World Cup 2010: Hallow showpiece or hollow show-off?
May 16, 2010 2 Comments
There are three ways of looking at the 2010 World Cup in South Africa with less than a month to go until the opening ceremony – as a good business opportunity and as something that is meant to do South Africa and Africa proud; as yet another case of African leaders more interested in financially rewarding a small elite, and in the reputation of themselves and “their country”, than the well-being of their people; or as a bit of both.
In keeping with the first view, former president of South Africa, Thabo Mbeki, has said (in 2003) that “the successful hosting of the FIFA World Cup in Africa will provide a powerful, irresistible momentum to [the] African renaissance … [and] will send ripples of confidence from the Cape to Cairo – an event that will create social and economic opportunities throughout Africa” . Current president Jacob Zuma and many South African ministers have echoed this view, claiming that the 2010 World Cup would spread both wealth and confidence throughout the continent, Zuma claiming that the tournament would assist in “alleviating poverty, creating jobs and generally in social upliftment. Not to mention the … eradication of stereotypes and Afro-pessimism”. Most South Africans, indeed, seem to be very optimistic about the World Cup and the long term benefits that it is supposed to give their country .
While I agree in the need for the eradication of Afro-pessimism, both in Africa and outside, the belief that the World Cup is an “African” World Cup is problematic on at least three accounts: that there seems to be a growing xenophobia in South Africa, not least towards other Africans; that the ANC government and the nation as a whole seems to employ an ever-growing, inward-looking nationalism and exceptionalism (as the “proudly South African” campaign shows); and that South Africa’s presence in Africa is increasingly that of an sub-imperial power.
As for the World Cup being a business opportunity, it seems obvious that the rich and powerful have hijacked it. Most ordinary South Africans will not be able to afford even the cheapest tickets costing 150 Rand, given that unemployment is at least 30% and that many who have a job earn less than 1000 Rand a month. FIFA will reap most of the rewards, such as television rights and advertising , while South Africa will pick up the bill of around two billion Euro. And the money that has been spent on infrastructure, such as new or upgraded stadiums and transport, will not benefit the majority of poor South Africans – as much of the money has been wasted on prestige projects that could have been done much cheaper; most of the transport will not benefit those who need it the most; and most of the job creation has been temporary with huge lay-offs already taking place. But even if the World Cup was to provide South Africa with a surplus, if not instantly then due to an increasing tourism that seems improbable due to the present economic downturn, however, then this money will probably never reach the poor and needy South Africans who need it the most. South Africa is the most unequal society in the world, even more so than during apartheid, and the policies of the ANC during its 16 years in government have generally been more about generating wealth for a small black elite, through such schemes as Black Economic Empowerment, than about redistribution and pro-poor politics.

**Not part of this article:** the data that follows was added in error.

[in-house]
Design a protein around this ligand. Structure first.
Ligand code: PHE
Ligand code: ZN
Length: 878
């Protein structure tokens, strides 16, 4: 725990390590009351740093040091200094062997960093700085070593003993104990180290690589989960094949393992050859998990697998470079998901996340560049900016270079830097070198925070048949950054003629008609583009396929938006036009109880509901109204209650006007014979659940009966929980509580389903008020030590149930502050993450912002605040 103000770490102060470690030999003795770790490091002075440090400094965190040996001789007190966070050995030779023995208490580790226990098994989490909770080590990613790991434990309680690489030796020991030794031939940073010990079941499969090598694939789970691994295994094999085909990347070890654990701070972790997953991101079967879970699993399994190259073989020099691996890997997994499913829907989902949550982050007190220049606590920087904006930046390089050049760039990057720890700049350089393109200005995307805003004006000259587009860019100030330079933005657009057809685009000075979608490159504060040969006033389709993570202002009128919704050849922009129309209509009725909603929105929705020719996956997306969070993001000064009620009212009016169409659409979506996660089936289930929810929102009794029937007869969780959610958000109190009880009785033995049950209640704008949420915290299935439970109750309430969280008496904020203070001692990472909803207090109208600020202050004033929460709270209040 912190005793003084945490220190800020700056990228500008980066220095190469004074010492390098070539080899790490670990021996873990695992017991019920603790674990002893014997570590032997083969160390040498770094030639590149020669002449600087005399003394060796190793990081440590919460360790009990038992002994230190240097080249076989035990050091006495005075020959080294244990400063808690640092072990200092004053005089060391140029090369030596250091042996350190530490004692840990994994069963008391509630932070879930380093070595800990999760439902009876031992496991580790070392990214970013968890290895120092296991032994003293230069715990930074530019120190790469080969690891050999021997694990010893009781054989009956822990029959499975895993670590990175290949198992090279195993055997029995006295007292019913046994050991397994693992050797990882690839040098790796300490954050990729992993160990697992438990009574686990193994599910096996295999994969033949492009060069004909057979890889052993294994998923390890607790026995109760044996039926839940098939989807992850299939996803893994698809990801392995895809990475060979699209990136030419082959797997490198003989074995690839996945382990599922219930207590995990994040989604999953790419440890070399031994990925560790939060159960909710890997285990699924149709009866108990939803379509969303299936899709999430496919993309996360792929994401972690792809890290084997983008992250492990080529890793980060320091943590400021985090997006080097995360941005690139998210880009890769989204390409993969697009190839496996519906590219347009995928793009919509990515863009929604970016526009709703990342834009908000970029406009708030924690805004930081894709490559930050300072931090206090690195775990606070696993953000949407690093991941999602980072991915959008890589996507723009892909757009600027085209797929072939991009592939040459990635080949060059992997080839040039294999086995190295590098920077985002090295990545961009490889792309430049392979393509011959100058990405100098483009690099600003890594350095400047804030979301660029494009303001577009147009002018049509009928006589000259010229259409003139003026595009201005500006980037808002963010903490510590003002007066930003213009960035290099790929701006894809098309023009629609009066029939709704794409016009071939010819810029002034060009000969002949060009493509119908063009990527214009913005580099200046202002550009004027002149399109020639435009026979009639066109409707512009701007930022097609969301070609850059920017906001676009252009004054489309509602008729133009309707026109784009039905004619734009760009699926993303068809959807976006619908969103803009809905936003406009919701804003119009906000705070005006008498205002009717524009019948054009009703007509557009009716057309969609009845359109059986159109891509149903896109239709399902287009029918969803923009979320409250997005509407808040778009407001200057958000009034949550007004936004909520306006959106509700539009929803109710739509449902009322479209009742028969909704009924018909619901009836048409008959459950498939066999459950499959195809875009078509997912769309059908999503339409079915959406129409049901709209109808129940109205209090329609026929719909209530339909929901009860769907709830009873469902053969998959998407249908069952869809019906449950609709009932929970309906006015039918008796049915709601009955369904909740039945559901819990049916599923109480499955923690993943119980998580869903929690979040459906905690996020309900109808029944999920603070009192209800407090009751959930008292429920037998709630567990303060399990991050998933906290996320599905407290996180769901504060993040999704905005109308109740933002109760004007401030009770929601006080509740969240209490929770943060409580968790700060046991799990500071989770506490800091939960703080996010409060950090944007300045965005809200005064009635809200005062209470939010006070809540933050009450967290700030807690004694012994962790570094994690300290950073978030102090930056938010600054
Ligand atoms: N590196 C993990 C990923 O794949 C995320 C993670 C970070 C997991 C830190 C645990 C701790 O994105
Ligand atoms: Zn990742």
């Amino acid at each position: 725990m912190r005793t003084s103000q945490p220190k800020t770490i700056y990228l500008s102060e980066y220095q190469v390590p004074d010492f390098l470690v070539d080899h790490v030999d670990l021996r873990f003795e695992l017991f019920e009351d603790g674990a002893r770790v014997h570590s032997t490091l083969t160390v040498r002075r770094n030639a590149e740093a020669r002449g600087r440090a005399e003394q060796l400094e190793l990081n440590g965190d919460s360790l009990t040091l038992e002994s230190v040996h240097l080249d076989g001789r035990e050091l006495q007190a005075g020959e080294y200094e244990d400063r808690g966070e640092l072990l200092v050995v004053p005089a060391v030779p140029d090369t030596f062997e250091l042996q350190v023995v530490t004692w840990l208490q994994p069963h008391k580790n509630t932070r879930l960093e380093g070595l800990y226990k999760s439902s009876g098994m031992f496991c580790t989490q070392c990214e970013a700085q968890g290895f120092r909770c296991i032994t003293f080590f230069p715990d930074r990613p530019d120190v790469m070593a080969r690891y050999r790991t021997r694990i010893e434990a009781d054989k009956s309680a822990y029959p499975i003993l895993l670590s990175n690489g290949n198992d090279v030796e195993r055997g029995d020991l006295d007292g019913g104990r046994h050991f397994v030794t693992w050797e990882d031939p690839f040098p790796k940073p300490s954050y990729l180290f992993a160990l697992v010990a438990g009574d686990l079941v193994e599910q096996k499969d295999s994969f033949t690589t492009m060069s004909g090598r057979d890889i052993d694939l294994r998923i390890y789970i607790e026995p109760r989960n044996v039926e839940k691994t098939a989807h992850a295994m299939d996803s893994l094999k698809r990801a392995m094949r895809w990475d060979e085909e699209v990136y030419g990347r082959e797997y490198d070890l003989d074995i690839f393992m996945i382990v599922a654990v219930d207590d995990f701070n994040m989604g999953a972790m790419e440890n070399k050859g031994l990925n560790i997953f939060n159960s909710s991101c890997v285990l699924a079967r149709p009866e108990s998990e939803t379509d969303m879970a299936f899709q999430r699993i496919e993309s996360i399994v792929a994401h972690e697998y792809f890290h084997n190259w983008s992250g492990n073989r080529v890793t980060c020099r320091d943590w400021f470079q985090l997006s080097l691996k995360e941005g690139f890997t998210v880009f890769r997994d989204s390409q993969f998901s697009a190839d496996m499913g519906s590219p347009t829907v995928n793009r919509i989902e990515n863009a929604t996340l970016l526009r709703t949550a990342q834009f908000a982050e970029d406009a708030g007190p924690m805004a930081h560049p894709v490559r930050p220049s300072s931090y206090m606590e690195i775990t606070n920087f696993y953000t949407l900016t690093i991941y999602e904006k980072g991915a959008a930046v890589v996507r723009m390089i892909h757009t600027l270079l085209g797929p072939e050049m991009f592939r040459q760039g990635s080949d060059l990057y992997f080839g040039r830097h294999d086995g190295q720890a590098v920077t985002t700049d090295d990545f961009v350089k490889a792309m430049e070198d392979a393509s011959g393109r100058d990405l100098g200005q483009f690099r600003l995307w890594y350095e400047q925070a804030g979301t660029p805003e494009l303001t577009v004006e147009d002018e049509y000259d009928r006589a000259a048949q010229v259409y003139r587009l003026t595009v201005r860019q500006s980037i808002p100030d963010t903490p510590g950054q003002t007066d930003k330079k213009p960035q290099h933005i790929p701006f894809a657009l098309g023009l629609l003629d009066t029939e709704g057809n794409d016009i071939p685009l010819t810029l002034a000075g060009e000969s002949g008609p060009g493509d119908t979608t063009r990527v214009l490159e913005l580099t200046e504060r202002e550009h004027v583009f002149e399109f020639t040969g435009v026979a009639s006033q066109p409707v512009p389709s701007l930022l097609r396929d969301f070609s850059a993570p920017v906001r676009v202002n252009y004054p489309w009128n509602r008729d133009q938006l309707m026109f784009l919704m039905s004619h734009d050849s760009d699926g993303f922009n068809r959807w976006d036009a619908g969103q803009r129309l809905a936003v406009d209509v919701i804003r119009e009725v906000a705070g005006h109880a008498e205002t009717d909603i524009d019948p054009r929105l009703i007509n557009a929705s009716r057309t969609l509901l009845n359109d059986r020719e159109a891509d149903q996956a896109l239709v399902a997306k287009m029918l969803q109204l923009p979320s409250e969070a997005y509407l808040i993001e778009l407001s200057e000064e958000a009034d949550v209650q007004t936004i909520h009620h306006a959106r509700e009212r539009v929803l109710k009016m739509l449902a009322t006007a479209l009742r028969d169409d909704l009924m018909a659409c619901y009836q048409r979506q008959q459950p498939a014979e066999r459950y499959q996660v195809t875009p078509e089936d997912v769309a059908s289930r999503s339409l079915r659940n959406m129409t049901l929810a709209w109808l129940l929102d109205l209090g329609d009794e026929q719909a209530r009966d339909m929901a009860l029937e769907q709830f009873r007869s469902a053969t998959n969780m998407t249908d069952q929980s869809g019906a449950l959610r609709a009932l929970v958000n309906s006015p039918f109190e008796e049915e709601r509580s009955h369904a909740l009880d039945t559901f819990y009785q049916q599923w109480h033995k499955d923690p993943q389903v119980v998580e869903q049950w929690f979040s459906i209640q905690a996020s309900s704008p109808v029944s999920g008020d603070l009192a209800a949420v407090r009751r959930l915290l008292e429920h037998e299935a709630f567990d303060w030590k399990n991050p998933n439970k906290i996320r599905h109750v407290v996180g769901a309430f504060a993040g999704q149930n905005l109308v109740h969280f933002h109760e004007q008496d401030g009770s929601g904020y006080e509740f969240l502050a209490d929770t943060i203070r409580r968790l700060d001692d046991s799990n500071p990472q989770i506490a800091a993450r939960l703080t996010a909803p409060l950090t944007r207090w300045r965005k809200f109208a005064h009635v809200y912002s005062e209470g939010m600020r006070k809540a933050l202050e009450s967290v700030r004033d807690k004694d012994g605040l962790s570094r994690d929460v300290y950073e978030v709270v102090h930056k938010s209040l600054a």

In fact, the World Cup might even make poor South Africans even poorer by taking away their livelihoods or homes. Many poor South Africans sustain themselves through street vending outside soccer stadiums, but copyrights for World Cup products are in the hands of multinationals, and FIFA has declared the spaces outside World Cup stadiums for no-go areas for vendors selling food or World Cup paraphernalia – the catering of spectators is instead to be done by World Cup sponsors McDonalds. The vendors therefore stand to lose whatever little income they have for the duration of the tournament. Many poor South Africans have also been forcefully removed from their homes in townships around South Africa and several schools have been demolished, either to make way for the building of new stadiums or to make areas less of an “eyesore” for the incoming World Cup tourists. These government-sanctioned actions has been likened to similar removals during the apartheid regime.
In summation, I would like to believe that at least the “a bit of both” way of looking at the World Cup 2010 that I mentioned in the beginning of this article was credible. This is not least because I am looking very much forward to the tournament myself – especially because it is to be held in South Africa, and because I believe that South Africa, and Africa as a whole, needs the uplift that a combination of pride and socio-economic opportunities could give. I therefore hope that South Africa does not end up as have many other organisers of World Cups and Olympic Games – with expensive stadiums and other facilities built as showcases of national pride and glory but left as useless “monuments to national hubris”, and with nothing positive to show for it.
It’s like a concentration camp, Mail & Guardian, 7 June 2010
The ugly truth about the beautiful game, The Independent, 3 June 2010
Tvangsflytninger i Sydafrika financieres inddirekte af danske pengeinstitutter, Mellemfolkeligt Samvirke, 19 May 2010
FIFA World Cup an expensive party the poor have to pay for, The Sowetan, 18 May 2010
S. Africa rounds up poor, prostitutes ahead of World Cup, Soccerway.com, 18 May 2010
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